Thursday, March 29, 2012

Salted Myrobalans & Chinese Olives

I recently discovered a fruit which looks like an unripe mirabelle plum or a large gooseberry. I found it at a stall selling medicinal herbs and plants.

As usual, I asked the seller:
“What do you call it?”
R: ”yàuh-gâm-jí”.
“How to write it?”
R: “ 油甘子”.
Fresh myrobalans
I came home and ‘googled’ for I was curious to know its English name. It is called myrobalan, Indian gooseberry or aamla.  Myrobalan is full of vitamins C and is used to cure throat inflammation. Indians make pickles with it (South Indian style) to use in cooking. (Wikipedia)

More questions to the seller:
“What are the benefits of this fruit?”
R: “It’s good for sore throat and clearing heat {chìng-yiht - 清热}.
“How to prepare it?” 
R: “boil the fruit in water and drink the liquid in place of tea.”

The skin of myrobalan is yellowish-green and smooth. Its flesh is firm and fibrous. Each fruit contains a small brown stone. Despite its “sweet” appearance this is a very sour and bitter fruit. I tried it raw and it is really astringent. Later I tried a teaspoon of the water in which the fruit had been cooked. It was very acid. To make my myrobalan tea pleasant to drink I added a big spoon of honey.

Cooked myrobalans in water

I thought of using a couple of the cooked gooseberries as a substitute to Chinese sour plums (syùn-muìh 酸梅) and steam them with spare ribs and bean paste (dauh-báan-jeung 豆瓣酱)  but did not follow up on my idea.

A few days later I mentioned my new discovery to a friend of mine. She told me that her Mum preserves Indian gooseberries in brine and her family take one of the fruit whenever they have an irritated throat (excellent! this confirmed what the seller had said to me). As I was interested in making my own salted myrobalans she gave me her Mum’s recipe so I could try it myself.

Salted myrobalans & Chinese olives

I had to figure out the quantity of salt myself as her Mum does it by habit. (It seems that a 5% brine or 50 grams of salt per litre of water is ideal for pickles.) The brine I prepared was enough for 150 grams of myrobalans and 150 grams of Chinese olives (and there was still a bit left).

  • 150g myrobalan + 150g Chinese olives
  • 1/2 litre water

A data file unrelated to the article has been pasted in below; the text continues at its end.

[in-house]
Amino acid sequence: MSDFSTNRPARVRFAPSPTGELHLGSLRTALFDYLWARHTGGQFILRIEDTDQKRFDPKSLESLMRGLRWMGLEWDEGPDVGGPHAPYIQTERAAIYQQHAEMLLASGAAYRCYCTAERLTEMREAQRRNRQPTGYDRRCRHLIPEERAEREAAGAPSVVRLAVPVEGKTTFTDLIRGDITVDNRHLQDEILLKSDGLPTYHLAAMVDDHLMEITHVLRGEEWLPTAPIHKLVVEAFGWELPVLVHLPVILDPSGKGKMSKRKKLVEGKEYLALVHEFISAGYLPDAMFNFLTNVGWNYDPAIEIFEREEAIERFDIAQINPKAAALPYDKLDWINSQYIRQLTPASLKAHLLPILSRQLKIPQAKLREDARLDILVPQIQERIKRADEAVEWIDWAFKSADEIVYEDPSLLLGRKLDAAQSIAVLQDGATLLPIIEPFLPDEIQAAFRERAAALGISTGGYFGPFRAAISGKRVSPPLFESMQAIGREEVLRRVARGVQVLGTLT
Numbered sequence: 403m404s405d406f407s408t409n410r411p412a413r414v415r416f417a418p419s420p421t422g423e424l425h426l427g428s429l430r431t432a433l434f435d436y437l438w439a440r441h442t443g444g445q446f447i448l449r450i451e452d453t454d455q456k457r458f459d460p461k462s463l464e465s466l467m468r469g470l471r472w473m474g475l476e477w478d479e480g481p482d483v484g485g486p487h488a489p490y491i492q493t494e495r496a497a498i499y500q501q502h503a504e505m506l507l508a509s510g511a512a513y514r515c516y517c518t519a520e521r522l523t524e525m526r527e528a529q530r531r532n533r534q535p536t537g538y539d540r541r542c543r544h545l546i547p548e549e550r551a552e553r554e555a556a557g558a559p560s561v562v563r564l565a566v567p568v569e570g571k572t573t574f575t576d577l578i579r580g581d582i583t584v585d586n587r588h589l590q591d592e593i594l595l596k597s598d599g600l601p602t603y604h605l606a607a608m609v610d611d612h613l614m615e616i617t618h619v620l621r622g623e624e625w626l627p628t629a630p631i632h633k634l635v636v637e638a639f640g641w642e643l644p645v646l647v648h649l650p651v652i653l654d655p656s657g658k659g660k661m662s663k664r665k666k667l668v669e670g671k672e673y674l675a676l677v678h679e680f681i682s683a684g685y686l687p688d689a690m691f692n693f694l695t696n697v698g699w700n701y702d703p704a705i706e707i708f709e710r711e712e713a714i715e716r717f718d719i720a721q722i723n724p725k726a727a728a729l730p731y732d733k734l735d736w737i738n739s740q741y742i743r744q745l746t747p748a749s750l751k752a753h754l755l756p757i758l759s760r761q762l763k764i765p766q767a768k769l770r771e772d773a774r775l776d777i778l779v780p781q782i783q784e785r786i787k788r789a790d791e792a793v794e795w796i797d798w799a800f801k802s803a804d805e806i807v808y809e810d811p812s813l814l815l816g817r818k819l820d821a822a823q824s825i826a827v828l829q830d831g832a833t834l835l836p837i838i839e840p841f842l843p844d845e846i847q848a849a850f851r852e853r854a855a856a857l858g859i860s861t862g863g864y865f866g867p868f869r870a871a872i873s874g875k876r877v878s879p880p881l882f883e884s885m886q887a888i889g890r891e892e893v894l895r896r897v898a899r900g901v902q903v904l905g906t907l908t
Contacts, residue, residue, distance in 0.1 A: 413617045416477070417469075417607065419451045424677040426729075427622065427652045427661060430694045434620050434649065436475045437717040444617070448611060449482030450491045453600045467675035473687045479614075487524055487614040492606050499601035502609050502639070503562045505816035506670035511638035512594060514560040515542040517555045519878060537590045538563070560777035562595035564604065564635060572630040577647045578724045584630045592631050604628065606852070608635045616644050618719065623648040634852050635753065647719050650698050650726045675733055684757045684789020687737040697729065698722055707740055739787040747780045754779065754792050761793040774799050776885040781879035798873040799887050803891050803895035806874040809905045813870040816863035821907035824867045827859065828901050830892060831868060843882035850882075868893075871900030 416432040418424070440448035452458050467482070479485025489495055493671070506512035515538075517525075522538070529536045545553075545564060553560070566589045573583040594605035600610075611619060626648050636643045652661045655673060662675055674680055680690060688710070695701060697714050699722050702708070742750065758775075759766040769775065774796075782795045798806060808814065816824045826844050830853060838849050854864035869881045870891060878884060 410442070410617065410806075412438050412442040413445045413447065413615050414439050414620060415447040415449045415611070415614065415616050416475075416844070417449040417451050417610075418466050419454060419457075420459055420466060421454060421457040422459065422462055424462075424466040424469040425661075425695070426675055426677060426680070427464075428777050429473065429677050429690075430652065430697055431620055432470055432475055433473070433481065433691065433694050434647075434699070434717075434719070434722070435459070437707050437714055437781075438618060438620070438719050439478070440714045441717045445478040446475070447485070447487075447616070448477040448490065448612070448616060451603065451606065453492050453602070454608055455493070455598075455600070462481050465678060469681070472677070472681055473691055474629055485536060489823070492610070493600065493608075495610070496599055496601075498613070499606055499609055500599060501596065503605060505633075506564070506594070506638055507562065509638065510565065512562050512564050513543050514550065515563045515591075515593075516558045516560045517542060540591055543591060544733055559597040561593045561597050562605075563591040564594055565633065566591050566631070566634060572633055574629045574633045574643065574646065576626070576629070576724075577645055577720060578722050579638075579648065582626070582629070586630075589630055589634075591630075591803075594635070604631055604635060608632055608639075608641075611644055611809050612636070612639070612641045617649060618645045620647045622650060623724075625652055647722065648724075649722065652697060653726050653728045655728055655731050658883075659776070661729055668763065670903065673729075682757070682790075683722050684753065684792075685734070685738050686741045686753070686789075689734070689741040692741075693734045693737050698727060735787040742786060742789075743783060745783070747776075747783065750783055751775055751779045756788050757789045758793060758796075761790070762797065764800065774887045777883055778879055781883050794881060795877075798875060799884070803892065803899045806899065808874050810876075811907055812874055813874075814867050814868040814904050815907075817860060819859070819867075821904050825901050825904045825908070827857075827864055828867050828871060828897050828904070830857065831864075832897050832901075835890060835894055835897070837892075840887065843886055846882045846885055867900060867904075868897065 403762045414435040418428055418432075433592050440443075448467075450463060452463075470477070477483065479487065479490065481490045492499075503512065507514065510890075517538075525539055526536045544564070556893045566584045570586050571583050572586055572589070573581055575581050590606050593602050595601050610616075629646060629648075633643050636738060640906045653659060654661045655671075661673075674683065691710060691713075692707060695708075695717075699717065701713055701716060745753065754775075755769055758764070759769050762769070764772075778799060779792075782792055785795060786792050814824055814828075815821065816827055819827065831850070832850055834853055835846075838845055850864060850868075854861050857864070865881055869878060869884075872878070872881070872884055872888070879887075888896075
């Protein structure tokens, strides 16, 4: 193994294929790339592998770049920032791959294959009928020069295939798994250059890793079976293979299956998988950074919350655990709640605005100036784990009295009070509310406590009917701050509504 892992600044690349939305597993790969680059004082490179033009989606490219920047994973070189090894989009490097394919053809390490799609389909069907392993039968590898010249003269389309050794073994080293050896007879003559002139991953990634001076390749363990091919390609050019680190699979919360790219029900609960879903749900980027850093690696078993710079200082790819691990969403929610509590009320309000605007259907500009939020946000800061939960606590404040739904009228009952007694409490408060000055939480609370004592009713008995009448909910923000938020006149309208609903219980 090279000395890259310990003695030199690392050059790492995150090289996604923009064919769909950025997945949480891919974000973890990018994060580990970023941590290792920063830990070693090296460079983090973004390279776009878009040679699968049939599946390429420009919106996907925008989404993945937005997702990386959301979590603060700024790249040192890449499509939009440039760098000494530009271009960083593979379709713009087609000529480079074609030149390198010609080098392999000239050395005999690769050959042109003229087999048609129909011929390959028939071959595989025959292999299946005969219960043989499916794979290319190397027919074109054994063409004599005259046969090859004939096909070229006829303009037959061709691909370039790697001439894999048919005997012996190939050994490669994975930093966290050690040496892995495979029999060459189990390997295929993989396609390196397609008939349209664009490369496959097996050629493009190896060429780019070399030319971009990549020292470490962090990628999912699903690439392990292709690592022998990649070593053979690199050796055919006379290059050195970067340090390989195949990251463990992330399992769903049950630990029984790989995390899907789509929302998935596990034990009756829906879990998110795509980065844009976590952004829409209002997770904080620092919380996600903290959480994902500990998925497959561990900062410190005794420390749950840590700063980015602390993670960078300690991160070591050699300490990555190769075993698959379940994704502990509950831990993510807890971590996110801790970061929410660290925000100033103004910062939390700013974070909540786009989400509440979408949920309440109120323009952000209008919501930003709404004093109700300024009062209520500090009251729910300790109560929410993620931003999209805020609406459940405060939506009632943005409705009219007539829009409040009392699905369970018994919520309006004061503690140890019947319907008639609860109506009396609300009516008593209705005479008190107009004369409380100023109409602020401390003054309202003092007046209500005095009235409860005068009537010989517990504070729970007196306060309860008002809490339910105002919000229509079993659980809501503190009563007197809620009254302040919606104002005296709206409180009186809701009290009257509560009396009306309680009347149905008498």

• 25g salt (I used coarse salt)

  1. Wash and dry the fruit clean.
  2. Wash jar and lid clean and rinse well with boiling water.
  3. Bring water to a boil. Turn off heat and add salt. The salt will dissolve.
  4. When the water has reached room temperature fill up the jar with fruits (with clean hands) and pour salted water on fruit. The salted water level must be at least 1cm above the fruit.
  5. Close lid and place the jar aside.
Should be ready after 2 weeks.

Note: When making pickles make sure that your hands and utensils are very clean and free from oil and grease.
My friend’s Mum actually let the boiled water to cool down for one night before adding the salt. I did not do that as I wanted to finish the job in the same day.

Salted myrobalans: 1st day

Herbs & plants stall (Tai Po Hui market)
(Left) Chinese olives (Front right) Myrobalans
(Centre right) Banana flowers
The stall I bought myrobalans from is full of herbs and plants. I could recognize mint, aloe vera, prickly pears, Chinese olives and banana flowers. All the other produce (herbs, vines, roots, etc) were completely unfamiliar to me. I asked the seller for the names of some of them and their use. {I cannot remember and I should not have wasted the time of this kind woman}. All I can say now is they are supposed to have medicinal properties and help to treat minor illnesses (stomach-ache, flu, cold, etc.)

On the day I bought myrobalans to make pickles with I also bought Chinese olives láam-gwó after the seller told me they could also be preserved in salted water and used to soothe sore throat.  Fresh olives are crisp, tart and astringent.   

Fresh Chinese olives
(Different from the Mediterranean types)
Preserved (salted) Chinese olives
(Good in stir-fried dishes, bôu-jái-faahn, etc.)
Salted Chinese olives: 1st day
Today my pickles are 2 weeks old and it is time to taste them. I took some fruits out of their jars and rinsed them under cold running water.

Both the skin and the flesh of the myrobalans have turned to a dark and shiny yellow. The flesh is crispy and not as tart and sour as before being preserved.  Much to my surprise the small fruit has even a slight sweet aftertaste. I liked it very much and ate 2 pieces.

2 weeks old salted myrobalans
Then I tasted an olive. The skin has also darkened and the flesh has turned brown. I have not yet tasted something similar. It is no longer unpleasant and bitter but I think it needs a longer time for the olives to fully develop their unique flavour.

2 week old salted Chinese olives
I will keep checking the changes in colour and taste over the coming weeks!

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